Grading The Game: Packers

The Vikings turned around nearly 10 weeks of frustration with their wild-card win Sunday in Lambeau Field. They did it with strong contributions from nearly every unit.

A — QB Daunte Culpepper threw four touchdown passes to three different players, completed passes to eight different players and wasn't intercepted. He showed great field vision and judgment. Only one of his touchdown passes was to the receiver who was the first option on the play. WR Randy Moss bounced back from a week of controversy surrounding his decision to walk off the field early at Washington. He caught four passes for 70 yards and two touchdowns. The last touchdown, a 34-yarder early in the fourth quarter, was embarrassing for Packers CB Al Harris. Culpepper signaled to Moss before the snap of the ball. Moss ran a 5-yard stop and go. Harris bit on the stop and looked to Culpepper. Moss then ran past him for the easy touchdown.

C — The Vikings relied on Culpepper to carry most of the running game. He ran for a team-high 54 yards on six carries, including a 27-yarder. Onterrio Smith was held to 38 yards on 11 carries, but had a 17-yarder in the fourth quarter to help clinch the game. Michael Bennett had only 31 yards on nine carries (3.4).

A — Sure, part of the Vikings' success had to do with one of those Brett Favre meltdowns. But the Vikings were in position to make each one of their four interceptions. Four different players intercepted passes: CBs Antoine Winfield, Brian Williams and Ralph Brown, and FS Brian Russell. Winfield had a team-high 11 tackles in his first start since suffering a high left ankle sprain at Chicago on Dec. 5. The Vikings blitzed more than they did in their two 34-31 losses to the Packers during the regular season. They had two sacks, including one by LB Chris Claiborne on the Packers' third snap of the game.

B — For the second consecutive Packers game, the Vikings' run defense was strong. RB Ahman Green ended up with 80 yards and a 4.0-yard average, but his longest run, and the team's longest run, was only 12 yards. The Packers had only 105 yards rushing and a 3.6-yard average. Without the running game, the Packers had to turn to Favre on one of his most miserable days ever.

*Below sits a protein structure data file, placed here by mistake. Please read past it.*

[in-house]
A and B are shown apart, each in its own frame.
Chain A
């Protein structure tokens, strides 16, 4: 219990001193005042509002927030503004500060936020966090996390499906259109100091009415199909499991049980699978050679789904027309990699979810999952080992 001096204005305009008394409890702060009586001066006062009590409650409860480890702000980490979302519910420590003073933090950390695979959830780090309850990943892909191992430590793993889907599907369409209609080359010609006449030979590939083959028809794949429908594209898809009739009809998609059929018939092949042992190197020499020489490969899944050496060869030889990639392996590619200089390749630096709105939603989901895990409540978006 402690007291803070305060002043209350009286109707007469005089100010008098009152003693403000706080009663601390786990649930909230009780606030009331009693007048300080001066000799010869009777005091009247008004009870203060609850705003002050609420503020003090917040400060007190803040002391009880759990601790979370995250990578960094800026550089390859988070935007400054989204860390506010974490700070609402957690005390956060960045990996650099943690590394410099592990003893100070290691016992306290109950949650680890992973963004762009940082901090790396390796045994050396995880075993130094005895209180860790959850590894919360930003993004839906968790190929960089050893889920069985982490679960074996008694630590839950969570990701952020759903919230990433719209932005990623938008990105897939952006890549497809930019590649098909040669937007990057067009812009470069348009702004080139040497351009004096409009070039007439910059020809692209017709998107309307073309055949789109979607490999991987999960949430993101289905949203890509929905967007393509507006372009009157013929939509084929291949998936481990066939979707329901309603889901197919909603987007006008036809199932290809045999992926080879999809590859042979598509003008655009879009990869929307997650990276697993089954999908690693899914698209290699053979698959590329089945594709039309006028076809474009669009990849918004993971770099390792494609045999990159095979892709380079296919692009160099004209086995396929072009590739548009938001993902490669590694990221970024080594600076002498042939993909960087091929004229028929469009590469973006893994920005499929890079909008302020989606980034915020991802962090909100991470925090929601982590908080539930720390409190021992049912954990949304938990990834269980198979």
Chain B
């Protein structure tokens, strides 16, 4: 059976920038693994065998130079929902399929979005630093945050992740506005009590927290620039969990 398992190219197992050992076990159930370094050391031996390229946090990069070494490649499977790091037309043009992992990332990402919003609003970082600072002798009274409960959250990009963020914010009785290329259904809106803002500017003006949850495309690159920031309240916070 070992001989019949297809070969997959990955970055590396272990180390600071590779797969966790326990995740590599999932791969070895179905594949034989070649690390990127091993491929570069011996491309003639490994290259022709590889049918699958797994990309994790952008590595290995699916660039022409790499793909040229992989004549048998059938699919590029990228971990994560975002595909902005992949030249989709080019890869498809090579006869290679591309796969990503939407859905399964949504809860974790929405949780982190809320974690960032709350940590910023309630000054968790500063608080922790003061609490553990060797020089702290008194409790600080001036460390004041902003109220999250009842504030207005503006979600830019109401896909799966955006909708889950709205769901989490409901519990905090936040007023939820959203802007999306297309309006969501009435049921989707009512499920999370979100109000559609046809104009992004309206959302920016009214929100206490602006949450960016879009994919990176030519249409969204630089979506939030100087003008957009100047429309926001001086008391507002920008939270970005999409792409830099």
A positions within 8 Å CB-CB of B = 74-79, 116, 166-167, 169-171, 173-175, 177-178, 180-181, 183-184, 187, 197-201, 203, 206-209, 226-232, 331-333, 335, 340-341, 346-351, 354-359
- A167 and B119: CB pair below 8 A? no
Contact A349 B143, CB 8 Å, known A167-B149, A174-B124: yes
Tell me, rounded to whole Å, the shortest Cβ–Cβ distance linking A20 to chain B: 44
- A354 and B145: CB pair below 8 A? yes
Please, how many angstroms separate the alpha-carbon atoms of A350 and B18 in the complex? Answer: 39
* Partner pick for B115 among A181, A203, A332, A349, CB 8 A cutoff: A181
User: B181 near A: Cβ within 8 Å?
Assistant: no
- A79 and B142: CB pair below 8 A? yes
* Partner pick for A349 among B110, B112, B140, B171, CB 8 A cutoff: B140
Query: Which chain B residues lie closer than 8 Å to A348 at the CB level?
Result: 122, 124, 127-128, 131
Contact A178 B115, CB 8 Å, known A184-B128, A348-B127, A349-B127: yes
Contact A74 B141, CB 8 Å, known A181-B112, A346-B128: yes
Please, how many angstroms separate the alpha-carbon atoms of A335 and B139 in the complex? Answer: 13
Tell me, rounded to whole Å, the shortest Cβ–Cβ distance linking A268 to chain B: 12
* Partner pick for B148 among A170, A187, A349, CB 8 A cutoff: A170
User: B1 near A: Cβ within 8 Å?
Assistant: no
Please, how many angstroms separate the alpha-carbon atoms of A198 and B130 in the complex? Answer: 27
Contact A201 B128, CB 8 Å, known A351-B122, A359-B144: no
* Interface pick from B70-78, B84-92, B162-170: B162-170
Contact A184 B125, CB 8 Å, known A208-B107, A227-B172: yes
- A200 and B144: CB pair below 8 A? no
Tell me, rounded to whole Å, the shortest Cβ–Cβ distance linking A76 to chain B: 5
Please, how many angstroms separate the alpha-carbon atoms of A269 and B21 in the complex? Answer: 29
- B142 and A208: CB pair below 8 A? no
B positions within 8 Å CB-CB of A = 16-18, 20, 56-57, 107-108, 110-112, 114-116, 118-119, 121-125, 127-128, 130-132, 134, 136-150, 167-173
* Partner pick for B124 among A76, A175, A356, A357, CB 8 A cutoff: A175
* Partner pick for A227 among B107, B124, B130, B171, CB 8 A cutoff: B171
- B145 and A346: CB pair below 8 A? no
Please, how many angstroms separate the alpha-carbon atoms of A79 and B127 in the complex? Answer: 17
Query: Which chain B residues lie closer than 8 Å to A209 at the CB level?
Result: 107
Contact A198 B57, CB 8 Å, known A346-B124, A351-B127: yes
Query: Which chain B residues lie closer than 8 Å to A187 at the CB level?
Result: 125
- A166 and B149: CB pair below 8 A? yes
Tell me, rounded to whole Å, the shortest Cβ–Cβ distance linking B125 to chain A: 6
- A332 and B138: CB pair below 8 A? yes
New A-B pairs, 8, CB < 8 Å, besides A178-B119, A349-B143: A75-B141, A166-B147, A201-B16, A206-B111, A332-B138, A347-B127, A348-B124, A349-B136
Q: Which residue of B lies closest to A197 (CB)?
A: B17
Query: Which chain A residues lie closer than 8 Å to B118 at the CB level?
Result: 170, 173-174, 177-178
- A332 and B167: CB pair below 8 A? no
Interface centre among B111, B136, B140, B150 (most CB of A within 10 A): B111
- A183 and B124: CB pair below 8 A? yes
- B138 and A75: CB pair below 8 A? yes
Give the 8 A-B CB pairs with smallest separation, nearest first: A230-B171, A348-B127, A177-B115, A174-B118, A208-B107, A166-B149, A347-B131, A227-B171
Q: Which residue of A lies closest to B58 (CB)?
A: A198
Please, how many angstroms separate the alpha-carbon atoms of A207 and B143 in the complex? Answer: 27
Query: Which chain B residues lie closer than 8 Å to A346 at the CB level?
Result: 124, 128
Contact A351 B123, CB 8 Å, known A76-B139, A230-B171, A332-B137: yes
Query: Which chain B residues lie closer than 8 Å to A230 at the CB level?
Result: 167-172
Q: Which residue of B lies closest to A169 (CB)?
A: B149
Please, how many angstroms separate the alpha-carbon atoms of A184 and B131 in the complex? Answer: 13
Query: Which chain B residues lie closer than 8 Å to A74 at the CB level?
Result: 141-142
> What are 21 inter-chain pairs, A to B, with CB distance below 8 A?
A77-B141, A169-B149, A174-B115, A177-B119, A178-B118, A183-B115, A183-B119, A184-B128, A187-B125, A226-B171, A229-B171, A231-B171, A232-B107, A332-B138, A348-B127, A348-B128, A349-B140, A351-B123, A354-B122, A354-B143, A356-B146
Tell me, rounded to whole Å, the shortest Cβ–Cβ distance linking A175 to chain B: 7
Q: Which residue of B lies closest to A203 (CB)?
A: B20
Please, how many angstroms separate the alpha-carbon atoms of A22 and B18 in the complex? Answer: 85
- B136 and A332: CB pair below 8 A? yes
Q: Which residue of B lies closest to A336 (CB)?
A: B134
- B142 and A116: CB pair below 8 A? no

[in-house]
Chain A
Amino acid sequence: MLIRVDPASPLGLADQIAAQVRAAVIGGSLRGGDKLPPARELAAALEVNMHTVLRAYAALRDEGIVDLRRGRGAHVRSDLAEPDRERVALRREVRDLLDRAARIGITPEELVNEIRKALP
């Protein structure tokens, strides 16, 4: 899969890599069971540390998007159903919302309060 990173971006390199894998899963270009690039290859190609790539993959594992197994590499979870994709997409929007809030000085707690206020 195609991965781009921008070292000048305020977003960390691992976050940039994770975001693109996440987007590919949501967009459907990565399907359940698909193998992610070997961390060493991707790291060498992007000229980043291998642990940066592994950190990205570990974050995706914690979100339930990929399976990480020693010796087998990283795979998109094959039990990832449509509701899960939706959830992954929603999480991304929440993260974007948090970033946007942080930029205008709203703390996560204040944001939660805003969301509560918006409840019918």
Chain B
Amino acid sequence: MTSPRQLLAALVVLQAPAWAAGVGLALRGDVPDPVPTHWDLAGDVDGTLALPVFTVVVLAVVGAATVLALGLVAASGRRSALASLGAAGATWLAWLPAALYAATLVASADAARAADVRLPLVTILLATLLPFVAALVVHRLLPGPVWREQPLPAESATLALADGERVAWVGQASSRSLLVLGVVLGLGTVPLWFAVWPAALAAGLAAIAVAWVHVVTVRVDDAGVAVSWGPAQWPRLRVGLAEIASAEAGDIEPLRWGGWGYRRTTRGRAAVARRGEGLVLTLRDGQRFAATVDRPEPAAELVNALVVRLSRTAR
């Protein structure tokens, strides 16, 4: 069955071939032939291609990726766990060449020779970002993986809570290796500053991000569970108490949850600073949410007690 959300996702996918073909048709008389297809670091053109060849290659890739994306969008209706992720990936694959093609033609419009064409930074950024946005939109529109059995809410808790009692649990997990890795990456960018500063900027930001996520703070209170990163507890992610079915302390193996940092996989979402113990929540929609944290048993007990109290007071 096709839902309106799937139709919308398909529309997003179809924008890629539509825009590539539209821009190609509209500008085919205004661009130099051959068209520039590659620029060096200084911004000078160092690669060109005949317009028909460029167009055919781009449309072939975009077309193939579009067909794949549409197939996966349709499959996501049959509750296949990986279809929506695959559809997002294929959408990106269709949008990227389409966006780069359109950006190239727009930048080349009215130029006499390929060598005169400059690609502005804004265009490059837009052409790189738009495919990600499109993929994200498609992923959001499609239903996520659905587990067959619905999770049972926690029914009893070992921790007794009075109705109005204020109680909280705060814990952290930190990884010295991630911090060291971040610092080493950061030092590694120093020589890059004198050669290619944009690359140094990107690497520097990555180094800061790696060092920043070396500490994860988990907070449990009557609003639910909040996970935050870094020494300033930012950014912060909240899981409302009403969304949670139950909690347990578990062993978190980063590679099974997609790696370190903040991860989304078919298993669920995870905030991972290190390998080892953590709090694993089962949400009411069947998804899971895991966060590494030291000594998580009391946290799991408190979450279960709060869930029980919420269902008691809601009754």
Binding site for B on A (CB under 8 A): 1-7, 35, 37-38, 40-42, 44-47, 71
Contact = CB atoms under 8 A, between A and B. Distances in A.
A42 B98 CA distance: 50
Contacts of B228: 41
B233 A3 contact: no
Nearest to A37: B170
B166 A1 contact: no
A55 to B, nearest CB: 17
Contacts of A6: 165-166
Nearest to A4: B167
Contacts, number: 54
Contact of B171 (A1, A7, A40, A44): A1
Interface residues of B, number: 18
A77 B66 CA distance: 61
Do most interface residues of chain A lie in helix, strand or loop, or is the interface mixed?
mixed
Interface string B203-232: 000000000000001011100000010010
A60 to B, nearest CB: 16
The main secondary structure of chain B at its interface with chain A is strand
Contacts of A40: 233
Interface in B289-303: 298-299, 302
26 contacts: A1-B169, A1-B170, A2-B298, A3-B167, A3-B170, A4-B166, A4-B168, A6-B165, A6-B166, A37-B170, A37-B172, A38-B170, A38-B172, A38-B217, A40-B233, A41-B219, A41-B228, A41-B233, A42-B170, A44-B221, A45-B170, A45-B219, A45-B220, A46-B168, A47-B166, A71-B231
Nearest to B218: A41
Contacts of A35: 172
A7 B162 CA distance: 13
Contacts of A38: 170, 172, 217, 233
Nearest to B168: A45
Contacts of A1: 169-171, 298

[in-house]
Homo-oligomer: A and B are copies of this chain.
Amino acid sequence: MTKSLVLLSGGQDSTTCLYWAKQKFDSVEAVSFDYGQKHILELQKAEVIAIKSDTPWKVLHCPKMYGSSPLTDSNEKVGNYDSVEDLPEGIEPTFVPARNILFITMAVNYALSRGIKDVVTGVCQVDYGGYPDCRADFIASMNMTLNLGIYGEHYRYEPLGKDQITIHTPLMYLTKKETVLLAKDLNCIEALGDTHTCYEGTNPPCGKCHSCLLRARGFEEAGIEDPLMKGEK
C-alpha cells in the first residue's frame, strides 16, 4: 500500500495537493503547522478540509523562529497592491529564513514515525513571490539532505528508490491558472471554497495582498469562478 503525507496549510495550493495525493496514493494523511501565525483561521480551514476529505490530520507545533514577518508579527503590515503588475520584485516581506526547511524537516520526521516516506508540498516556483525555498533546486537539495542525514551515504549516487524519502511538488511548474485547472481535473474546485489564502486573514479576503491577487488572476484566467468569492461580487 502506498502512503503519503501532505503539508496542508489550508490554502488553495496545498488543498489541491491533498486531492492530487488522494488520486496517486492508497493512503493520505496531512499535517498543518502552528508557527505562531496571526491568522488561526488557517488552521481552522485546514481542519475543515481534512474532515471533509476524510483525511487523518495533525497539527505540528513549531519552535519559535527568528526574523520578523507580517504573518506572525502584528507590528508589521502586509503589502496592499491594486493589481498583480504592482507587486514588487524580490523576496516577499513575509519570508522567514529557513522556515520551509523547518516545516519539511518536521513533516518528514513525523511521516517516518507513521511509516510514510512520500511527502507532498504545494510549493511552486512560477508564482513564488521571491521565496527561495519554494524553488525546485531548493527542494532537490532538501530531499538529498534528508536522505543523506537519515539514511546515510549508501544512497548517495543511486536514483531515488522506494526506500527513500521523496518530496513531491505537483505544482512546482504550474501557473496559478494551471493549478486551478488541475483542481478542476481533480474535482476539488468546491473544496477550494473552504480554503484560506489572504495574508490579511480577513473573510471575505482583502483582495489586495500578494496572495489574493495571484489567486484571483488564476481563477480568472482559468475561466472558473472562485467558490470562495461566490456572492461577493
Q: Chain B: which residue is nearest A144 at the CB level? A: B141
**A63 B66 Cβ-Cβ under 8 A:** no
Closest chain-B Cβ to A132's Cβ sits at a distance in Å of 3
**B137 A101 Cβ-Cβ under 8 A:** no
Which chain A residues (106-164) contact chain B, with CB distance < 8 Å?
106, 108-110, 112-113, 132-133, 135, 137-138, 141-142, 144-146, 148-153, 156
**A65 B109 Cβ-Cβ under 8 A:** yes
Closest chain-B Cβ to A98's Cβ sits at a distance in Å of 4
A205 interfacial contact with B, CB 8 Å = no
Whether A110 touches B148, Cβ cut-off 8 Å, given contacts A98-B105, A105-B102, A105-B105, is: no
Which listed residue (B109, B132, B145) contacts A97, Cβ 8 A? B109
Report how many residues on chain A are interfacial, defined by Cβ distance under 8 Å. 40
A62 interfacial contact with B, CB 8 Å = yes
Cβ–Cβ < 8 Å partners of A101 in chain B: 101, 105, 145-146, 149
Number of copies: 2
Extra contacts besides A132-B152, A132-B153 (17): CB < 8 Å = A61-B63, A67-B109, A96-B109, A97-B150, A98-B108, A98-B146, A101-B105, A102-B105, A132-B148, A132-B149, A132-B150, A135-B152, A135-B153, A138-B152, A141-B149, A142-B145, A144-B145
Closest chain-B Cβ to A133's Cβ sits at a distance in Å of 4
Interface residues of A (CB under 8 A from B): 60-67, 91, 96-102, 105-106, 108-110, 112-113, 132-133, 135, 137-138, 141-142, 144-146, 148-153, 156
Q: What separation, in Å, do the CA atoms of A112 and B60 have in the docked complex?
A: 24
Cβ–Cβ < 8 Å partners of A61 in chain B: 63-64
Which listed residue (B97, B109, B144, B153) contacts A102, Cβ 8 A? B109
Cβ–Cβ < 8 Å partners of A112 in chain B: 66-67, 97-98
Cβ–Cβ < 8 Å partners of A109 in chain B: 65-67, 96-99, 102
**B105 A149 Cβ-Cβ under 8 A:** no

C — Average is pretty much great for the Vikings' special teams. The Packers averaged only 19.2 yards per kickoff return, which is amazing considering how poor the Vikings are on kick coverage. The Vikings' kickoff return team averaged only 17.8 per return. K Morten Andersen missed a 27-yard field goal attempt, booting the ball into the line after slipping with his plant foot. PR Nate Burleson averaged only 2.3 yards on three returns. But, overall, the special teams didn't do anything to embarrass themselves.

A — We aren't sure how they pulled it off, but the Vikings turned around 10 weeks of stumbling to play their best game of the season. They went into the game 2-20 on the road outdoors since October 2000. They also were facing a Packers organization that was 14-1 in home playoff games and 38-2 under Favre when the game-time temperature was below 34 (it was 26 on Sunday). Defensive coordinator Ted Cottrell had his best game of the season. The Vikings used more blitzes than they did in the two losses to the Packers during the regular season. The defensive backs also knew exactly which pass routes to smother. Offensively, the Vikings were ahead 14-0 before the Packers had a first down. They were ahead 17-0 before the Packers had their second first down. Coach Mike Tice might have saved his job by pulling this major upset.

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